Airsickness bags, as everyone knows, are proof that some people will collect anything. Airsickness bags are proof, too, that enough people aren’t embarrassed to talk about their collections that there is always a list of top-ten websites on the subject. So here’s the list of top-ten websites for collectors of airsickness bags and their friends, however few.
American Steve “Upheave” Silverberg’s site backs its claim of 2,806 exhibits currently in its virtual museum by posting an image and (often excellent) commentary for all. Here’s what it has to say about an Aegean Airlines airsickness bag illustrated with numbered dots: “Finally, an incredible bag that gives you something to do: Connect-the-dots! The only problem is, the connected dots form a drawing of the female reproductive system.” Steve also claims, although we haven’t tried this yet, that if you contact him he will send you a free three-sample Airsickness Bag Collectors Starter Kit.
Does American Bruce Kelly have the world’s largest online collection of airsickness bags? Perhaps. Does he deserve proper respect for developing his interest as a result of barfing into the bags while flying as a passenger aboard bush planes in rural Alaska? Absolutely. Among his newest acquisitions is a Norwegian Air Shuttle, bag labeled: “In a while will feel fine”.
Britt Paul Mundy’s site is extremely useful for learning about the world of baggists, as collectors of airsickness bags almost universally call themselves. Not only does it list the world’s top 76 baggists (which, you’ve got to assume, is just about all of them), but also details the many non-airsick purposes the bags can be put to (unequivocal goodbye notes, for one), and a link, for anyone who wants to go more deeply into the subject than even a dedicated collector might think necessary, to major airsickness bag makers.
This Danish site, by Thomas Homer Goetz, of Copenhagen, is short on text. But it does include images of some airsickness bags not seen on other sites, including one, from the Aero Club Zwickau, in Germany, that seems to show a pair of planes in such deep dives that all aboard are likely being reminded of what they had for their most recent meal.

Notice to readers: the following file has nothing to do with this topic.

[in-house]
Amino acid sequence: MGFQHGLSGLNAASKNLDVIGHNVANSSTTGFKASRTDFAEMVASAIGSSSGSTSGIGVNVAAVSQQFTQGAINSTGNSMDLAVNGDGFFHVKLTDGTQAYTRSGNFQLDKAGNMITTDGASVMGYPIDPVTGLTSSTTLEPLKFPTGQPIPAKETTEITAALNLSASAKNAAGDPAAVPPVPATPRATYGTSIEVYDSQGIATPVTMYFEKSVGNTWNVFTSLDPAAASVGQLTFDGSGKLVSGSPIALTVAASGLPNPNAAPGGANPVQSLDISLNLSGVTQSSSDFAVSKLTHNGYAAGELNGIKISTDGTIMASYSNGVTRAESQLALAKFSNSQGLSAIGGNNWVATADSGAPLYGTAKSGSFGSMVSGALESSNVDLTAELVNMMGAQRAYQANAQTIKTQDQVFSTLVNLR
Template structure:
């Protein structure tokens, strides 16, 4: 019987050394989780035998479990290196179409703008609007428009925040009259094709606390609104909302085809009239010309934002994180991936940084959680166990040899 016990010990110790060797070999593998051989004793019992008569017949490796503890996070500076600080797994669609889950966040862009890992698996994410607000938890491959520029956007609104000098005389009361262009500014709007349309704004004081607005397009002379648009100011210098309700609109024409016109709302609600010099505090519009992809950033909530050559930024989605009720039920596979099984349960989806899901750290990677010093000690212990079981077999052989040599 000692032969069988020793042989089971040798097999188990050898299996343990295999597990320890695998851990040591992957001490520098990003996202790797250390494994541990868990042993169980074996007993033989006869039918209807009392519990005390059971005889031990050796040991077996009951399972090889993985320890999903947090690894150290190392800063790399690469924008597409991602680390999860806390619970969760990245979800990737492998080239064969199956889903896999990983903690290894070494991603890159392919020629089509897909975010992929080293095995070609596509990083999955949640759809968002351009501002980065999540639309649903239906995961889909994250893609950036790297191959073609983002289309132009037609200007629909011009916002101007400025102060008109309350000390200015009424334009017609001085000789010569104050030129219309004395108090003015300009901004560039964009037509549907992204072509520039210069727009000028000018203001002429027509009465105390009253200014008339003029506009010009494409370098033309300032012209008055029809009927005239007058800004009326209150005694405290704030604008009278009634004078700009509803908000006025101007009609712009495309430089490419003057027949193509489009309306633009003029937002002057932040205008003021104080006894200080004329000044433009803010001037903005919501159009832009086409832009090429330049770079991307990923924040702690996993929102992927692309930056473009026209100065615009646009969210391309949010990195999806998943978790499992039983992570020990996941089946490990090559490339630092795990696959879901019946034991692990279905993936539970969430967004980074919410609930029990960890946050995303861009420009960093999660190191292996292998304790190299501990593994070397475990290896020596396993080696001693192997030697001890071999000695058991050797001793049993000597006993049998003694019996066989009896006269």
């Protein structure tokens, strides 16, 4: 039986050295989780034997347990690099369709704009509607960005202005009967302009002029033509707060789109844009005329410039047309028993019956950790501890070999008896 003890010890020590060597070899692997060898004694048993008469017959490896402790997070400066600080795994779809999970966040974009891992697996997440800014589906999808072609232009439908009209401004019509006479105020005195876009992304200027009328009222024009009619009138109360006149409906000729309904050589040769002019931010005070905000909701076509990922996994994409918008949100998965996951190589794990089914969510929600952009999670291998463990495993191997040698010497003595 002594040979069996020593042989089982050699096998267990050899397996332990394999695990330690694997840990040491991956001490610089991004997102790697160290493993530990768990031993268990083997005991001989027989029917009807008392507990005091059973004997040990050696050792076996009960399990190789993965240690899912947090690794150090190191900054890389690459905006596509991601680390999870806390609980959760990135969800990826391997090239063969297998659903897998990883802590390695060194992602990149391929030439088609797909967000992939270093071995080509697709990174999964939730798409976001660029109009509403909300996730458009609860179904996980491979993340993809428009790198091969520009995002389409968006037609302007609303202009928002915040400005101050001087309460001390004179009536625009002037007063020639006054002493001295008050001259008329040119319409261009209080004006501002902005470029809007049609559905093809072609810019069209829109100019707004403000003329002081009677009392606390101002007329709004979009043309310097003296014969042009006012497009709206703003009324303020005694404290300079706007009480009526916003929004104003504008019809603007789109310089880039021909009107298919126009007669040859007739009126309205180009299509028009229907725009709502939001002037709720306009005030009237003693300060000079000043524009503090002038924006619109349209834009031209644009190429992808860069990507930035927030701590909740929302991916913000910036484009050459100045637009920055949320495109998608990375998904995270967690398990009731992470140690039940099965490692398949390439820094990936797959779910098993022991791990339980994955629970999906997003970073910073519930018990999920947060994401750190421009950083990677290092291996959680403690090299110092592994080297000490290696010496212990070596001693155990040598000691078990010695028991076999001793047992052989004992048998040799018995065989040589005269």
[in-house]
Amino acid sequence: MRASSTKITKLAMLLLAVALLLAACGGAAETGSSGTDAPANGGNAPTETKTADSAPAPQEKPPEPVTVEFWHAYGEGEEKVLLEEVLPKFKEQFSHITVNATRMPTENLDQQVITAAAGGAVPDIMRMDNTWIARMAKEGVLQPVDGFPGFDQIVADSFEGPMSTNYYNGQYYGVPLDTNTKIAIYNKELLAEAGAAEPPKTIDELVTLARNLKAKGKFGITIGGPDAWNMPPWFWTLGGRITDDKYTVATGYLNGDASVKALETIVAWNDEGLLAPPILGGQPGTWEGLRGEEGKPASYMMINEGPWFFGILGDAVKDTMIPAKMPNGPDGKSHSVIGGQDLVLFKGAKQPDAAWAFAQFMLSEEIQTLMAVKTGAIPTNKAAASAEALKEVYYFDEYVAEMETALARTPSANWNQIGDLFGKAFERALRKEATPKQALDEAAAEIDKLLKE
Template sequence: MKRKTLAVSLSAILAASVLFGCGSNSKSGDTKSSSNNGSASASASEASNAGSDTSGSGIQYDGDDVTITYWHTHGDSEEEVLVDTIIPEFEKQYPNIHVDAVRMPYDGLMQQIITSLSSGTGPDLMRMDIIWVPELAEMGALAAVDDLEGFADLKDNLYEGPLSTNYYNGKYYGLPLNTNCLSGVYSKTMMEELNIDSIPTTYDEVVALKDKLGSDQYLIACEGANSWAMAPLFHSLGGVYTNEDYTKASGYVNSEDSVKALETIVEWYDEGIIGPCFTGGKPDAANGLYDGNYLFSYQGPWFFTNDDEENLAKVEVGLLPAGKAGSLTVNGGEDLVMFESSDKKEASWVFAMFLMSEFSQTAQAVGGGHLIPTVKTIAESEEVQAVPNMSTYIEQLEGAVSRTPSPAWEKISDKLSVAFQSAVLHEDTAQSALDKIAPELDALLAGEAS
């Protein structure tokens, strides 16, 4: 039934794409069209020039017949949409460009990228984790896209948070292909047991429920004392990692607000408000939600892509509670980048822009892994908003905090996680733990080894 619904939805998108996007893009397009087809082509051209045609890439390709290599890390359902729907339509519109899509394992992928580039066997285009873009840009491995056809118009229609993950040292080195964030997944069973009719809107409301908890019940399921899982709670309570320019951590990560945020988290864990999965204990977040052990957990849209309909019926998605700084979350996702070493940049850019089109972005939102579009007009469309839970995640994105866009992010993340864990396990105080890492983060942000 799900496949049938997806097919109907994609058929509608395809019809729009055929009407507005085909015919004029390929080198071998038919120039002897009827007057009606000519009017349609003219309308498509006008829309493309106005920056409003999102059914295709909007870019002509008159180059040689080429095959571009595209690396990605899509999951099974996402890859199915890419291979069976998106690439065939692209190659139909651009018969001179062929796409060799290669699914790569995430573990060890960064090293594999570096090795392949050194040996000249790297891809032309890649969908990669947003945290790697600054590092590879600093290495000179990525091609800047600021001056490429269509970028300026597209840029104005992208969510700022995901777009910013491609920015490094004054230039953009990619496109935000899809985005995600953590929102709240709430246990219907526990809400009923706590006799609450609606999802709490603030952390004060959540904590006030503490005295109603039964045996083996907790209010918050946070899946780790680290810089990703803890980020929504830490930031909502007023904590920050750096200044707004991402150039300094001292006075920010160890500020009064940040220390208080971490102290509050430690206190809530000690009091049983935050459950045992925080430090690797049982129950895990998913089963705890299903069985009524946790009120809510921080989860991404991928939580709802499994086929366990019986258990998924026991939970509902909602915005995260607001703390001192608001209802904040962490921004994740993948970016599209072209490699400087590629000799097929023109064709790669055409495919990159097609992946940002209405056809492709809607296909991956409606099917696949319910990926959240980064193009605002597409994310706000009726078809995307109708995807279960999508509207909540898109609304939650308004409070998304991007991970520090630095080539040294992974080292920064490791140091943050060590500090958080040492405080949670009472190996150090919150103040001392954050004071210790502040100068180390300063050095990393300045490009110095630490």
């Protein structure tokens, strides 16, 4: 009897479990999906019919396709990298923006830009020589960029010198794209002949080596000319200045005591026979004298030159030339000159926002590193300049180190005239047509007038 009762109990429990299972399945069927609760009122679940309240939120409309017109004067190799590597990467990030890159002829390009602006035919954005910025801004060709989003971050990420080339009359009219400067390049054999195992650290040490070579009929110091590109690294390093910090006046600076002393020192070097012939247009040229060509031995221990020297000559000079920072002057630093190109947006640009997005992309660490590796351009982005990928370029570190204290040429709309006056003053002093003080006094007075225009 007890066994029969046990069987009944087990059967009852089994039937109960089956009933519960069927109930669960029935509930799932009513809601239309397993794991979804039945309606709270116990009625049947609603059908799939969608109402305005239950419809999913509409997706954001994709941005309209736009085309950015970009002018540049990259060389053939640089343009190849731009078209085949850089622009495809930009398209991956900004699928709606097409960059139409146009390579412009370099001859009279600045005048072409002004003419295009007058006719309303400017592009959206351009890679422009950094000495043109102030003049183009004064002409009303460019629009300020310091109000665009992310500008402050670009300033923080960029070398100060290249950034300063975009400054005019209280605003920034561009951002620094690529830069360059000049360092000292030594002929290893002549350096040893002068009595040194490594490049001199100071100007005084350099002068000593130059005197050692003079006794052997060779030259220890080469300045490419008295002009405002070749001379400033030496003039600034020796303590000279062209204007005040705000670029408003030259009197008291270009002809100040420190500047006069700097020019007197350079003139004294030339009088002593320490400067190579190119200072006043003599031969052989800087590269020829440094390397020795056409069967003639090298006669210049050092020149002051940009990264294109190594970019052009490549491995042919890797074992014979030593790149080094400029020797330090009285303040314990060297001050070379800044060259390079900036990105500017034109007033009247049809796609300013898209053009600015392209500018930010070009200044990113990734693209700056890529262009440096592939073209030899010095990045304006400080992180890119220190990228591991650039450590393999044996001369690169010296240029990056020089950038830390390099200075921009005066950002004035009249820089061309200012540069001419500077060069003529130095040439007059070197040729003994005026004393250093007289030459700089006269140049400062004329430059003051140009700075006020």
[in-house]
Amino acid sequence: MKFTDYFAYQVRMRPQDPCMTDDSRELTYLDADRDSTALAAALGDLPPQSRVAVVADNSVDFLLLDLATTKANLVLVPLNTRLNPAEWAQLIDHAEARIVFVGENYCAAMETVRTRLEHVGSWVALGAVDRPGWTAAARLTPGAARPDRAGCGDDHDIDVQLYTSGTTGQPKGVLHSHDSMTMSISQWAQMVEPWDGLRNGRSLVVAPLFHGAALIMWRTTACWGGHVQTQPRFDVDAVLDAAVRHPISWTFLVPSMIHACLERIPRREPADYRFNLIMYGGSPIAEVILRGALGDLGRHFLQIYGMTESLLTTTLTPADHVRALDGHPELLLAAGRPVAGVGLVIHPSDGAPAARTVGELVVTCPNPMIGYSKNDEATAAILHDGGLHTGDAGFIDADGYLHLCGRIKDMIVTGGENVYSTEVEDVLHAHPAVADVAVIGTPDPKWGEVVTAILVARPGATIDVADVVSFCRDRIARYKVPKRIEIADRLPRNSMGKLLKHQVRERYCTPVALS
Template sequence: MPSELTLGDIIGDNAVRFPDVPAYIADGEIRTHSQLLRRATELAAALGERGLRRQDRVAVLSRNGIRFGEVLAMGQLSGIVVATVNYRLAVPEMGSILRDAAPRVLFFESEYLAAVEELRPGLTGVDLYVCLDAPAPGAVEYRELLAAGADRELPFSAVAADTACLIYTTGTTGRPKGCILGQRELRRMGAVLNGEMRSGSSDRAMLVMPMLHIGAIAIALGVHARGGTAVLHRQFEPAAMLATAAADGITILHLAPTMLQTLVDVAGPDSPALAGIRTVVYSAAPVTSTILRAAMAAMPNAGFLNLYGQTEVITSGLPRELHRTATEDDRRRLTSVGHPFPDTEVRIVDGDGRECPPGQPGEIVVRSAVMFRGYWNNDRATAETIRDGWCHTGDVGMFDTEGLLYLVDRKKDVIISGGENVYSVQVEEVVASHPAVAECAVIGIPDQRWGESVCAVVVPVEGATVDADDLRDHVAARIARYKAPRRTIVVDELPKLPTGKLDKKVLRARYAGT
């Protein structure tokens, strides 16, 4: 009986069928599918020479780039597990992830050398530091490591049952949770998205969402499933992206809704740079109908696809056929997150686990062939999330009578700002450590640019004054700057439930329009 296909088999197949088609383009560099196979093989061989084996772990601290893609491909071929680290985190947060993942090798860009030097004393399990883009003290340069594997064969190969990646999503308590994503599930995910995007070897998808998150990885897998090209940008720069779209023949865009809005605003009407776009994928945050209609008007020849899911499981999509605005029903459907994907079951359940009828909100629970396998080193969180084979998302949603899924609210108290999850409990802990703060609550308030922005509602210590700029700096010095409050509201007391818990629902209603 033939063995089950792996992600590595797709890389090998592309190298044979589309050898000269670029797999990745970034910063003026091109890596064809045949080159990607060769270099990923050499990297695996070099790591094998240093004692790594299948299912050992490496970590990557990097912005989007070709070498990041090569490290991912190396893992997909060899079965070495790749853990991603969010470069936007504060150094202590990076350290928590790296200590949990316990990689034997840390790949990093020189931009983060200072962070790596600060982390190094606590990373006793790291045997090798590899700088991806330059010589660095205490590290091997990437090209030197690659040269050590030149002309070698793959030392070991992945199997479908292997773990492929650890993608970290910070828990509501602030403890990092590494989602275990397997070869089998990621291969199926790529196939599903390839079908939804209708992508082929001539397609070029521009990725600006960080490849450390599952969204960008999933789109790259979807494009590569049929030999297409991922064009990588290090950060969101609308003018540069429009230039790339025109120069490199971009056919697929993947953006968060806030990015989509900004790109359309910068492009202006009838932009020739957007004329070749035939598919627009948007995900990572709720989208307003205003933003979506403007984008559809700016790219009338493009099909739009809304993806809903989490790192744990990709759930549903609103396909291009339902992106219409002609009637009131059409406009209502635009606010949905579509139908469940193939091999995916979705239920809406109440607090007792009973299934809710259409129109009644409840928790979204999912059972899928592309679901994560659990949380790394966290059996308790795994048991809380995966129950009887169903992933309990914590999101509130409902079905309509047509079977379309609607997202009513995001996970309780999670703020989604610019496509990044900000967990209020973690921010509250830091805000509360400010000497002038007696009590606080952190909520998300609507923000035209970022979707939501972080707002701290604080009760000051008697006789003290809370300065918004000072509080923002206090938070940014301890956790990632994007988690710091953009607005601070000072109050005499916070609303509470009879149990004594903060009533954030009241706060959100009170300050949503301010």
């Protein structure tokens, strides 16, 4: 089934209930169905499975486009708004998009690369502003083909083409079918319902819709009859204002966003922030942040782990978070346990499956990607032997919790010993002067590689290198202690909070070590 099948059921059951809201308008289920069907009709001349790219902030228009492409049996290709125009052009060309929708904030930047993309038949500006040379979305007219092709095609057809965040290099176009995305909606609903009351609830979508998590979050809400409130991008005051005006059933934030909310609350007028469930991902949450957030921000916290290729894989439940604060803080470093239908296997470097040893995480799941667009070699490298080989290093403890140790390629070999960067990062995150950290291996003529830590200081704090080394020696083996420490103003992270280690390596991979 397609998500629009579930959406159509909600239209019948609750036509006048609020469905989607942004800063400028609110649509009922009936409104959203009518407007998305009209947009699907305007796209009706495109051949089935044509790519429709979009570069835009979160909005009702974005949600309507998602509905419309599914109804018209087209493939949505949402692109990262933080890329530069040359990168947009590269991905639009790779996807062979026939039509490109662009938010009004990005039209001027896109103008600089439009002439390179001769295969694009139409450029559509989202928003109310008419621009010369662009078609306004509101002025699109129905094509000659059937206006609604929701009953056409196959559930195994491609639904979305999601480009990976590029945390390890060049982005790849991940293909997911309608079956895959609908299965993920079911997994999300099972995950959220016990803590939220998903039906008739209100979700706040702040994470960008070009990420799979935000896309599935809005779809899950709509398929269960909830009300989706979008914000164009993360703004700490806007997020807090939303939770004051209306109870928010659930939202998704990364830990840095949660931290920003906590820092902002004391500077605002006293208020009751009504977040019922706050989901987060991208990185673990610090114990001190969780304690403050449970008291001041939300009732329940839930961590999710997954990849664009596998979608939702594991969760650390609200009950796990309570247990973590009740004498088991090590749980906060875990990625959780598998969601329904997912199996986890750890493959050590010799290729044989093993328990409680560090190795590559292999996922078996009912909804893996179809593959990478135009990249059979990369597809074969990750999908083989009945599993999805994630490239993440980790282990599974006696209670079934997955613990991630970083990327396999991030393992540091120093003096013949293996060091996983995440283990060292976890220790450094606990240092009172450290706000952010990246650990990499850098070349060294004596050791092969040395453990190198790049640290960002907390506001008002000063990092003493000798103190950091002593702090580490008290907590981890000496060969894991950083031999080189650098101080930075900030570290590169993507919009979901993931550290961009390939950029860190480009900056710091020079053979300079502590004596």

From a group of German collectors, the images here make it a good site for checking out the limited edition airsick bags Virgin Atlantic produced back in 2004 for people who like the idea of contemporary art that’s in your face, literally. The site also includes a collection of airplane life jackets, which you hope they didn’t slip into their carry-ons the same way you can an airsickness bag.
Created by Swedish bagist Rune Tapper based on the belief that to get a lot of people to visit a website you have to offer pornography, free music downloads, or something really strange, Rune’s Barf Bag Collection confirms that Scandinavian nights can be really long. The site’s latest acquisition is a bag, from Taiwan-based Eva Air, printed with a message that is easy to puzzle over: “Please treasure resource and use sparingly.”
Federico Mandrile’s site is in Italian, so is more or less unreadable to most of us. I was, however, lost for some time in the contemplation of a mind that would include among a collection of this type a gallery of thirty-six, apparently identical, plain white bags.
Boulder, Colorado-based David Shomper claims that while his airsickness bag collection may not be the world’s largest, it is the world’s highest. After looking at the site, one is inclined to agree. It is one of only a few airsickness bag sites, for instance, to offer original poetry on the subject. Among Shomper-created verse is this:
There once was a baggist from Boulder,
Whose collection took up a huge folder.
His wife soon rejected it,
And later ejected it,
So he finally went out and he sold her.
This site can seem a bit confusing, very possibly because it is written in English and Japanese. But worth the visit is the multi-tasking evident in the Qantas airsickness bags, which were also plainly meant to serve as film-processing envelopes, in the days when people still used film. For instance, you could learn, while bent over with your head between your knees, that processing a role of 36 exposures cost $5.95, Australian.
This site looks like it hasn’t been updated since about 1998. I wasn’t really finding myself engaged until I came to: “The Amazing Adventures of Bob the Really Boring Barf Bag,” which is when I decided it was probably worth consideration. And I was feeling it even a little more when I got to the FAQ section and learned that the site creator doesn’t collect used airsick bags because they tend not to fit flat in albums.
Haven’t gotten enough of airsickness bags and airsickness bag collectors? Here’s everything you always wanted to know, but were afraid to ask.